Sacha Ismail on the Socialist Workers Party pamphlet Iraq: why the troops must get out now by Chris Bambery
(From Solidarity 3/62, November 2004)
SWP-watchers will be aware that leading cadre Chris Bambery has recently taken time out from his busy schedule of leather trouser-shopping and goatee-trimming to assume the editorship of Socialist Worker. Here he maintains the high standards he has established at that publication by producing fifty pages of populist, non-socialist, anti-American (“anti-imperialist”) babble. Despite providing clear evidence of the SWP’s deepening political degeneration, however, this is a difficult one to get your teeth into.
This is partly because it has no clear structure: Bambery has opted for a shambling, stream-of-consciousness-style rant, dipping in and out of his argument at apparently random points. After several reads, it is still not clear that the pamphlet has a logical argument to make. But this is also because — in keeping with the SWP’s general approach — Bambery is clearly reluctant to state his case in positive terms. His method is as follows: make a negative statement that no socialist, consistent democratic or even basic humanitarian could disagree with; then, without further argumentation, proceed to a conclusion which the original statement in no way justifies.
In his first section, for instance, Bambery uses a string of arguments that are part of the common stock of the revolutionary left: that Bush and Blair lied about WMDs; that the US government is unconcerned about the huge civilian casualties resulting from its brutal war-drive; that the torture of captives by US soldiers at Abu Ghraib was an outrage; and that the Democrats are basically no different from the Republicans (though in this garbled populist version, Bambery hints that they might be supportable if only they opposed the occupation of Iraq!) It is good for political newcomers to be educated about these things; what is not good is Bambery’s use of the facts to justify support for Iraq’s so-called “resistance”.
His approach is totally apolitical. Rather than making any attempt to analyse the overall political character of the Islamist/neo-Ba’thist militias, Bambery fills his pages with anecdotal evidence about individual “resistance” leaders (apparently one mujahid was well disposed to the US government before the war — and so?) and “corroborating” quotations from bourgeois opinion pieces. This is followed by a passage reminding us of what “occupation” has achieved elsewhere, as if the occupations Bambery cites – Iraq, Bosnia, Kosova, Afghanistan – were all identical examples of pre-1945-style high colonialism. Here, too, the SWP’s selective humanitarianism rears its ugly head; we are told that 200,000 Serbs and Roma have been driven out of Kosova since NATO’s occupation began, as if the murder and displacement of millions of Kosovar Albanians under Serbian occupation would have been preferable.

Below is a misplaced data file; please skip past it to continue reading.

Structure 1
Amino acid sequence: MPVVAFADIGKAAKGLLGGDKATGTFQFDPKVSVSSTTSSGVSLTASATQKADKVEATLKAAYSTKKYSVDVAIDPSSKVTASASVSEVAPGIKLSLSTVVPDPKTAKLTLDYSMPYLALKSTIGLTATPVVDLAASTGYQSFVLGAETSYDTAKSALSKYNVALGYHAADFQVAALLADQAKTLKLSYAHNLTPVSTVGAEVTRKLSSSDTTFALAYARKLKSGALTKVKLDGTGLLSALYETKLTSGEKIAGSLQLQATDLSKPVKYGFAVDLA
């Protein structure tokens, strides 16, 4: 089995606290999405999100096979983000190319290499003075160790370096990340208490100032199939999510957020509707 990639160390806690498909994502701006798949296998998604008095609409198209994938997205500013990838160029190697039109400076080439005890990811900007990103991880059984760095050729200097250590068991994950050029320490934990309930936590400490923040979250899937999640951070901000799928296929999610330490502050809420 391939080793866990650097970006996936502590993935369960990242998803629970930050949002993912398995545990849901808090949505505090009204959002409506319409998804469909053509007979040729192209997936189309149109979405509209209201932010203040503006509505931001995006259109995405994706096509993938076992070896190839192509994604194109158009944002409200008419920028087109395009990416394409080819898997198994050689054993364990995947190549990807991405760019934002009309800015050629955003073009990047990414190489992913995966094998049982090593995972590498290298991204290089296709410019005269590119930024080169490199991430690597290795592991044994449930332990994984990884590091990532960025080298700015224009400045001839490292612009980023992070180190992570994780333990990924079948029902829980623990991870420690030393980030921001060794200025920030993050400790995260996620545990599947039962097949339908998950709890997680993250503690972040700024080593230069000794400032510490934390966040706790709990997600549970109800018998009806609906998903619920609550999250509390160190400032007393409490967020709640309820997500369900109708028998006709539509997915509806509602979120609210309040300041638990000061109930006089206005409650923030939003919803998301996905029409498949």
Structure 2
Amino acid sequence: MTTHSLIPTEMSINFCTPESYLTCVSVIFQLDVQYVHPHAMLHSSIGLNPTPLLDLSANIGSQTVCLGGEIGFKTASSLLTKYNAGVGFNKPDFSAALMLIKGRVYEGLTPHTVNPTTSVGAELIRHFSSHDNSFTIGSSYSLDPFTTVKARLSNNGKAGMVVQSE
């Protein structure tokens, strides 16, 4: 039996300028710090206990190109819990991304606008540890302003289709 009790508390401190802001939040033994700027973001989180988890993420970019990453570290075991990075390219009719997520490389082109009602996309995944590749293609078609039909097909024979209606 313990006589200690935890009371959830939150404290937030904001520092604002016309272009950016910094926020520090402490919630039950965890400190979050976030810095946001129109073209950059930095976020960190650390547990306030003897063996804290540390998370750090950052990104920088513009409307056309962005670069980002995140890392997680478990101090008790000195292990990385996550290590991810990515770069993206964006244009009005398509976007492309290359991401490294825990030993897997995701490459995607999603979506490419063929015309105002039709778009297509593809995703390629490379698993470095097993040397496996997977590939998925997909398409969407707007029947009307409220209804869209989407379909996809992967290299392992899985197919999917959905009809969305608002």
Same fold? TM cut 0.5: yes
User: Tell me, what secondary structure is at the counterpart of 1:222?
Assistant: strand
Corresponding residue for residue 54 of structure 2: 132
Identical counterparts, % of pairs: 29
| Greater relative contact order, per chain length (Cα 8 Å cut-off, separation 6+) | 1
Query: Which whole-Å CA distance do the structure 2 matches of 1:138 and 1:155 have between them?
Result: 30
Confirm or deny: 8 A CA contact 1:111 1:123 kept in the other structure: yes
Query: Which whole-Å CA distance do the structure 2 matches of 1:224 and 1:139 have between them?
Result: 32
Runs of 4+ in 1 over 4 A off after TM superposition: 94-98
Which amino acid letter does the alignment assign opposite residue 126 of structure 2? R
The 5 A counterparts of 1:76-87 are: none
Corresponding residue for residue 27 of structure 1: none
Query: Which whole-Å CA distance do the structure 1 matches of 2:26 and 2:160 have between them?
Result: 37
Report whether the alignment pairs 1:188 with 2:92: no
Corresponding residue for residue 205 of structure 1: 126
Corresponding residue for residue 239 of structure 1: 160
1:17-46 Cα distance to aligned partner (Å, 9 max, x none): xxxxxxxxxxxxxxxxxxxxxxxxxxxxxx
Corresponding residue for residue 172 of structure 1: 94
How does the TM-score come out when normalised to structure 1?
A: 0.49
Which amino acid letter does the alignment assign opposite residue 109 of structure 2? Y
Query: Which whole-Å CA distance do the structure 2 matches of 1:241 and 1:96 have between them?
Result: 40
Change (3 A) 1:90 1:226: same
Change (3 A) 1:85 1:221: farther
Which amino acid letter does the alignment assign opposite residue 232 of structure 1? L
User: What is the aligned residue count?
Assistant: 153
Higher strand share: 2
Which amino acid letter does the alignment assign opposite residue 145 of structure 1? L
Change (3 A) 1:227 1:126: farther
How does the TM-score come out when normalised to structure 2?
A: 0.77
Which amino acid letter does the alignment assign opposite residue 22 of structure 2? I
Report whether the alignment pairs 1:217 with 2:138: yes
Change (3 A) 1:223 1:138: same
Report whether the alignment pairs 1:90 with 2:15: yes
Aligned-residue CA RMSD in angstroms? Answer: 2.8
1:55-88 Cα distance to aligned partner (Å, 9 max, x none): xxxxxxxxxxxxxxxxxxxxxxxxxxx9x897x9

The pamphlet continues in this vein for many pages. Bambery points out the Allawi regime has little popular support and that elections are unlikely to be really democratic; that over the last two decades the US has shown sub-zero concern for the welfare of the Iraqi people; that Britain has a history of imperialist intervention in the region and so on. But once again these important observations are used to defend the indefensible, with no attempt at political analysis.
The last pages of the pamphlet contain two starting examples of the SWP’s incoherence and hypocrisy.
Rightly attacking Bush’s claim to be carrying through a democratic revolution that will guarantee human rights in Iraq, Bambery cites the Iraqi Governing Council’s Law 137, which partially repeals Iraq’s secular 1958 personal status law and replaces it with a system of sharia courts, as evidence of how far the occupiers are from creating a “free, democratic and secular Iraq”. This from a man who has just spent thirty pages arguing that socialists should support the theocratic gangsters of the “resistance”!
In his sole attempt to reference his “argument” to the Marxist tradition in any way, Bambery cites Lenin and Trotsky’s support for colonial liberation movements even under undemocratic leadership, and more recently socialist support for the Vietnamese national struggle despite its domination by Stalinism — again without any attempt to actually prove that Iraq 2004 equals India 1919 or Vietnam 1968. Not content with this “analogy”, however, he goes on to compare those leading the Iraqi “resistance” to Oliver Cromwell and, better yet, to John Brown, the radical-democratic Christian leader who was executed by the Southern slaveholders after attempting to organise an armed slave rebellion on the eve of the US civil war in 1860.
Now, perhaps Bambery seriously believes that Moqtada al-Sadr and Abu Musab al-Zarqawi are the modern equivalents of those who fought feudalism and slavery in the 17th and 19th centuries, leaders of giant steps in human progress. Or perhaps he just isn’t that interested in ideas any more. In either case, we are a very long way from anything resembling Marxism. The worst thing about this very bad pamphlet is that it doesn’t once mention the Iraqi working class, let alone stress the importance of Iraqi workers’ struggle to re-establish a labour movement after forty years of totalitarian repression. For Bambery and his like, “anti-imperialism” is everything; the working class simply doesn’t exist any more.